Wargaming apologise for accusing YouTuber of hate speech over critical World of Tanks video

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The creators of World of Tanks have released a statement apologising for some recent controversy surrounding a YouTuber called SirFoch. SirFoch was a Community Contributor for Wargaming, meaning he got early access to the game’s premium content, with which he was free to make videos with. One of his latest videos was very critical of a certain $80 tank, and Wargaming responded with threats of copyright claims and accusations of hate speech. 

If you want more tire tracks, check out our list of the best tank games

SirFoch’s video addressed the Chrysler K GF, pointing out how it was seemingly designed to force players to splurge on premium ammunition to take it down. You see, the game’s model features two machineguns on the front – positions where the tank would have no armour in real life. When stripped back to the collision model, however, these guns cease to exist. There’s no weak point on the front of the tank at all. You can watch the video at this YouTube mirror, as it’s since been taken down from SirFoch’s account.

In the video, SirFoch doesn’t hold back. It’s very sweary, but there’s nothing in there you could class as hate speech. Still, Wargaming dropped SirFoch from the community program and issued takedown threats. In one statement, Wargaming said they knew SirFoch wasn’t “the best role model”, but they still gave him a chance. “This might have been a mistake, since he used his status, influence, and the exclusive preview content he was given to defame Wargaming and World of Tanks,” said a spokesperson.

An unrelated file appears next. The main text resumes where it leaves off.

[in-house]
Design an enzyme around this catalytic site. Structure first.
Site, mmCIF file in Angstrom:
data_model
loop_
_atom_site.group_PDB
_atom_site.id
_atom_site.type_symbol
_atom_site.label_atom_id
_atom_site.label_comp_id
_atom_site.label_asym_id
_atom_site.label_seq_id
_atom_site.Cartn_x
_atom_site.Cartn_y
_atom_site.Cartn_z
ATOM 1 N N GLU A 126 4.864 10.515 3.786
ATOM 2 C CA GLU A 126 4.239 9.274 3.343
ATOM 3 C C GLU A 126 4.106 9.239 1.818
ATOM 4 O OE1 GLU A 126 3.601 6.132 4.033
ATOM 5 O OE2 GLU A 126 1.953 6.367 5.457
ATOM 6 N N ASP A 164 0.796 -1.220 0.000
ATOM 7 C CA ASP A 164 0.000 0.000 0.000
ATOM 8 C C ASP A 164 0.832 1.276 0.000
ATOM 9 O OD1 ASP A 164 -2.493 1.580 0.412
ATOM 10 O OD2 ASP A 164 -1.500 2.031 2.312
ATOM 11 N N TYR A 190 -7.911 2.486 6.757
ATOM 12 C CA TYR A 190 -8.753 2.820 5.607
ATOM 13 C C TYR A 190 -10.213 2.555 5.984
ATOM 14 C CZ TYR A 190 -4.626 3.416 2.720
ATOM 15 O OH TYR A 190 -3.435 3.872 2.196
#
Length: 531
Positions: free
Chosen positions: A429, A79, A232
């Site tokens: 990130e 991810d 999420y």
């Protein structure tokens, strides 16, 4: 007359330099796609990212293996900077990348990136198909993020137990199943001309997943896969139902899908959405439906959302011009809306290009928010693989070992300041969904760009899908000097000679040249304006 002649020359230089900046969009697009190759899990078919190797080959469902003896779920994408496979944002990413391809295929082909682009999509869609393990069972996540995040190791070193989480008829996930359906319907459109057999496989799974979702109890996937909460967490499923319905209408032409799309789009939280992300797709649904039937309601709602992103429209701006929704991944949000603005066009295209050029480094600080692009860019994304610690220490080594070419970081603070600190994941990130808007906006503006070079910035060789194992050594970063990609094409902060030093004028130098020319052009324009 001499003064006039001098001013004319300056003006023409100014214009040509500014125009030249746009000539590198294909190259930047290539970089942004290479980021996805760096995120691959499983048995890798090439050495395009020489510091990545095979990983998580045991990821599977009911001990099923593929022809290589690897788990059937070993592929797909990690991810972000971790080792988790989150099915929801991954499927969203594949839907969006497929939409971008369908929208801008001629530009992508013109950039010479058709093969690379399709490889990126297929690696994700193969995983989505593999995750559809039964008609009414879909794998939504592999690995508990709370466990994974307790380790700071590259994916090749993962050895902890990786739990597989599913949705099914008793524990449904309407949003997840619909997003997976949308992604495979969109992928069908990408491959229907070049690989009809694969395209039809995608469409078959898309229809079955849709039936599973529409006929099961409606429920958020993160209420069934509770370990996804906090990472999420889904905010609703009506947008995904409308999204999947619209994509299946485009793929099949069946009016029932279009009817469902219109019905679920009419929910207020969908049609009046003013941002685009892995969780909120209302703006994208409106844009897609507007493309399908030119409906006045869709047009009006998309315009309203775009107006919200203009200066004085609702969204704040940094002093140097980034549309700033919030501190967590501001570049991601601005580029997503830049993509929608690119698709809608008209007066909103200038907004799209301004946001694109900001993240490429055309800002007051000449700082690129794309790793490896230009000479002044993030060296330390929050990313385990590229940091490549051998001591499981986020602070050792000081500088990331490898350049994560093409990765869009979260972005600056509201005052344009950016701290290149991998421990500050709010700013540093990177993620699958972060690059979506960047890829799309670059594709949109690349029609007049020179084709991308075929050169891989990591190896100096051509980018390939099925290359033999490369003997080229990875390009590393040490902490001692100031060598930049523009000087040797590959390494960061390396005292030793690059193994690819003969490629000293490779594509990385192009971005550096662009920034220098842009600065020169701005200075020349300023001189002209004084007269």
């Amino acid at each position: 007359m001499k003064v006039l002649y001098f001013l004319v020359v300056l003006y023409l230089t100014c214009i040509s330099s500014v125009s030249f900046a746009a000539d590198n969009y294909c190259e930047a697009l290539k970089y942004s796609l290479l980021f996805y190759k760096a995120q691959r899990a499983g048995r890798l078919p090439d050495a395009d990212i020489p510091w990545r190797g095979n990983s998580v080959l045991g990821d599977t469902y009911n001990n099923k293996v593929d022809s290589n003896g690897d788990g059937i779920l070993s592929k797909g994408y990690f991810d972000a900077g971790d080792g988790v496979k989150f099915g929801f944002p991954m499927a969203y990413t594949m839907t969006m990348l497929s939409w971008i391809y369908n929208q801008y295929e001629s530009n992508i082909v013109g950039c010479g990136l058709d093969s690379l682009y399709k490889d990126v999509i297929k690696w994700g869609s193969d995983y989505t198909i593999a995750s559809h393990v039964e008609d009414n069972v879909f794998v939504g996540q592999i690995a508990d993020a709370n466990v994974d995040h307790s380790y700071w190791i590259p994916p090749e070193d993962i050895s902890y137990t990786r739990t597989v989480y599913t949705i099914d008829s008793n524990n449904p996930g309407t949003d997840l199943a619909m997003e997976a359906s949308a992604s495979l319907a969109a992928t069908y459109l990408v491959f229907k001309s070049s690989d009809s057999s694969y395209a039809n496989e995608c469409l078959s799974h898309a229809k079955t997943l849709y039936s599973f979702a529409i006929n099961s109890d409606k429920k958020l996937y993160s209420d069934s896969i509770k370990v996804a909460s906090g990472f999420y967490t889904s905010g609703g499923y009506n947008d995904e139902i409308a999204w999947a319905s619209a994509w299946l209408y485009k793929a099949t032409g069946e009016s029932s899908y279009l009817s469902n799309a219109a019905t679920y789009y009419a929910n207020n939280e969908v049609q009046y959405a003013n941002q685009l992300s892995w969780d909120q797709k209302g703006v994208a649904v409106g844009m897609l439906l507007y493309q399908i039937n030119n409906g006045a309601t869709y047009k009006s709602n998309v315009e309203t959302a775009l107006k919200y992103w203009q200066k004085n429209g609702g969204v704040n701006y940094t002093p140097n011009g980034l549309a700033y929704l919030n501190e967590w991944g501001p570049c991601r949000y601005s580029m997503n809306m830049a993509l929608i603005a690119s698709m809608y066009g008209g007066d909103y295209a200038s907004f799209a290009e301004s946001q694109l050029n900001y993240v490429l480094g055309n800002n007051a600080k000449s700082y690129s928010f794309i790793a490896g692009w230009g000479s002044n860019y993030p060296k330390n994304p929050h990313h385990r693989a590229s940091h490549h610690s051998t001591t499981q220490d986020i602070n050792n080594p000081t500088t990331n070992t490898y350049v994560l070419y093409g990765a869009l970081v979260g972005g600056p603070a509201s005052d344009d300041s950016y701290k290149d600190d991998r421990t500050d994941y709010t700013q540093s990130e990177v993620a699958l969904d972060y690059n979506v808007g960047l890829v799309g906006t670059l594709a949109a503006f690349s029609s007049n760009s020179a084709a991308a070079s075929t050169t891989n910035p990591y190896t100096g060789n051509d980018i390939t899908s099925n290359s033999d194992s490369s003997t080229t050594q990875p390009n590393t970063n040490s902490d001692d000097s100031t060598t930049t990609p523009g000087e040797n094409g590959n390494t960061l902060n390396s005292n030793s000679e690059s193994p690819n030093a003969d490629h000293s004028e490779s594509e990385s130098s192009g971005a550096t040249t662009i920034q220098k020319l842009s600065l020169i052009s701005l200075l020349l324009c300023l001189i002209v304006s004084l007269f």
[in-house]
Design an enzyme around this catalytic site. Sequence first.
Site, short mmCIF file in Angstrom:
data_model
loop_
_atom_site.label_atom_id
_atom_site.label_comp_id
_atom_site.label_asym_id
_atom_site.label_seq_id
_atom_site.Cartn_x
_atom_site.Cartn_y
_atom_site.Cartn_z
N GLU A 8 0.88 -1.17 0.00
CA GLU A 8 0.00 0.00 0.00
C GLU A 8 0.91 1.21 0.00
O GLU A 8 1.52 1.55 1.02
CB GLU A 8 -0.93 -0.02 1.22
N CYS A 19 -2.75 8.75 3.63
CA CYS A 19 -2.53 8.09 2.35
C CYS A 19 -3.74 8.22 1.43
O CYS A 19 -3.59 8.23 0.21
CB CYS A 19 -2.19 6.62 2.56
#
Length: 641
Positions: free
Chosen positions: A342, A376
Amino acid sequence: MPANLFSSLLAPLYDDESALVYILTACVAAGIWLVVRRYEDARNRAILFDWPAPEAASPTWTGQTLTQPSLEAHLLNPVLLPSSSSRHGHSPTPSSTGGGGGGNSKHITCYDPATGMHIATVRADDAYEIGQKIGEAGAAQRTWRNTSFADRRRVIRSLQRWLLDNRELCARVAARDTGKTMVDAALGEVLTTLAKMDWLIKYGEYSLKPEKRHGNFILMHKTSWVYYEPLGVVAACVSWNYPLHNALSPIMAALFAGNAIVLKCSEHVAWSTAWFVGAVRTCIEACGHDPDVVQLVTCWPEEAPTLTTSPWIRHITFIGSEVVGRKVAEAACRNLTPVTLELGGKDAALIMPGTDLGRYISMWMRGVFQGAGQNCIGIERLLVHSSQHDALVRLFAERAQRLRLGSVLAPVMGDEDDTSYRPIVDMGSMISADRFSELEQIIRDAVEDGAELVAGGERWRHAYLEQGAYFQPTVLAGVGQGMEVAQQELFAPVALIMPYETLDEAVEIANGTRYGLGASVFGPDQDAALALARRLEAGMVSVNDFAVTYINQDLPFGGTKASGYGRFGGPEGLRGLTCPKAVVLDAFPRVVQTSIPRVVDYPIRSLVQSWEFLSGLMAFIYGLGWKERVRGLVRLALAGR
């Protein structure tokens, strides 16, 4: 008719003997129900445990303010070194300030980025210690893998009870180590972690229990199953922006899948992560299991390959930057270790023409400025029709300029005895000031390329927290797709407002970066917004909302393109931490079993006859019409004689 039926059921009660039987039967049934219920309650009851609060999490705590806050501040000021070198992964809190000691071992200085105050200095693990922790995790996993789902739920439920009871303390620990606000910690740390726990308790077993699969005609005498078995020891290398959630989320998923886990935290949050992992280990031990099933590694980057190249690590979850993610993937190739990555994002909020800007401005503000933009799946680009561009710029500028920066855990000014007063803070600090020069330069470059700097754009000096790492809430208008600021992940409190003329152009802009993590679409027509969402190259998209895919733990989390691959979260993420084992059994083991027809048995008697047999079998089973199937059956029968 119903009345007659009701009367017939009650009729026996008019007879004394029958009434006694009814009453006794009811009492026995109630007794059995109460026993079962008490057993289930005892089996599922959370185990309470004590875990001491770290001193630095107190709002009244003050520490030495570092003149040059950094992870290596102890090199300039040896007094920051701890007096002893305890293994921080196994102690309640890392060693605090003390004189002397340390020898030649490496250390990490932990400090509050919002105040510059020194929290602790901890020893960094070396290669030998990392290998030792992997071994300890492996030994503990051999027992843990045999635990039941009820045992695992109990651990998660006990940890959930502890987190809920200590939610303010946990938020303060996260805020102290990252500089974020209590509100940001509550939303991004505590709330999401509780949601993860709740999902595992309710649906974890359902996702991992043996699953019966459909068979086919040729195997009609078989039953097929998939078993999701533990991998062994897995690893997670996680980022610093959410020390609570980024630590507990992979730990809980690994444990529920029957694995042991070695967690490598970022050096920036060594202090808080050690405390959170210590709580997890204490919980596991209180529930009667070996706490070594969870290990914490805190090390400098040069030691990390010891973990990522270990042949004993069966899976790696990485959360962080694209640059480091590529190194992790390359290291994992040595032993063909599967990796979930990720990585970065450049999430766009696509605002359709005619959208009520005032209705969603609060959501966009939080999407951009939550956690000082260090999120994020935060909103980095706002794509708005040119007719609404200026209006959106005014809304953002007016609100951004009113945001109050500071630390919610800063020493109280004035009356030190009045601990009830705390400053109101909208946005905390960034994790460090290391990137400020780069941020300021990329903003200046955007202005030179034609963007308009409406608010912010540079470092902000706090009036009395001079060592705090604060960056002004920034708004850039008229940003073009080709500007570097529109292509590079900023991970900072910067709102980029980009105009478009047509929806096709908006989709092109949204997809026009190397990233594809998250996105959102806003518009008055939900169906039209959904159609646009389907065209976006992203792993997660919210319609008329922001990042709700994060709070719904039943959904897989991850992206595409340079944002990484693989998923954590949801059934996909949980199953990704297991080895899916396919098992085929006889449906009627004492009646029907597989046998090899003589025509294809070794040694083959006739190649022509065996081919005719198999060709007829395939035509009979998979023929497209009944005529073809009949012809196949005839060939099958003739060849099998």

Wargaming then expanded on their position in a statement provided to Kotaku.

“We are more than willing to give members of our community second chances, but there is a level of toxicity and/or offensive language that is unacceptable,” Wargaming said. “We regret having to go to such extreme measures in SirFoch’s case, but we also don’t consider those measures to be censorship because we weren’t trying to silence SirFoch’s opinion, we were simply seeking to curb the extremely profane language of a member of our contributor program. SirFoch’s latest claim that we’re somehow prohibiting him from making future videos involving our games is completely false – he’s more than welcome to make more Wargaming-related videos. If those videos continue to include hate speech and homophobic slurs, we’ll take the necessary and appropriate action.”

That last bit is where their statement falls down, as there’s nothing in SirFoch’s video that could be interpreted as homophobic or as hate speech. He just uses the F-word a lot. Wargaming have just released a new statement, however, admitting their handling of this situation could have been better and clarifying that they support players and Community Contributors’ right to be critical.

“We acted too quickly and over the line when we threatened to have YouTube remove SirFoch’s video through a copyright infringement complaint and we are apologising for that,” says the statement. “We’re committed to doing a better job on this front. We’re going to improve the way we communicate with our Community and our Community Contributors, and as part of that effort we will work with them on more detailed, specific guidelines to help ensure incidents like this don’t happen again.”

Now Wargaming say they won’t take copyright action against opinions based on publically released content. So stuff that’s released will be fair game, but not preview videos, presumably. They also apologised for accusing SirFoch of hate speech.

“Over the weekend we released a statement to some media outlets regarding the content of SirFoch’s video that inferred that SirFoch’s videos contained hate speech and homophobia,” they say. “While we would obviously not want such content to be associated with any of our games – this video clearly did not. We apologise for this statement, and we don’t stand behind those claims. We love our players and our contributors – and we appreciate their honesty and commitment – we are committed to using this incident to grow and improve.”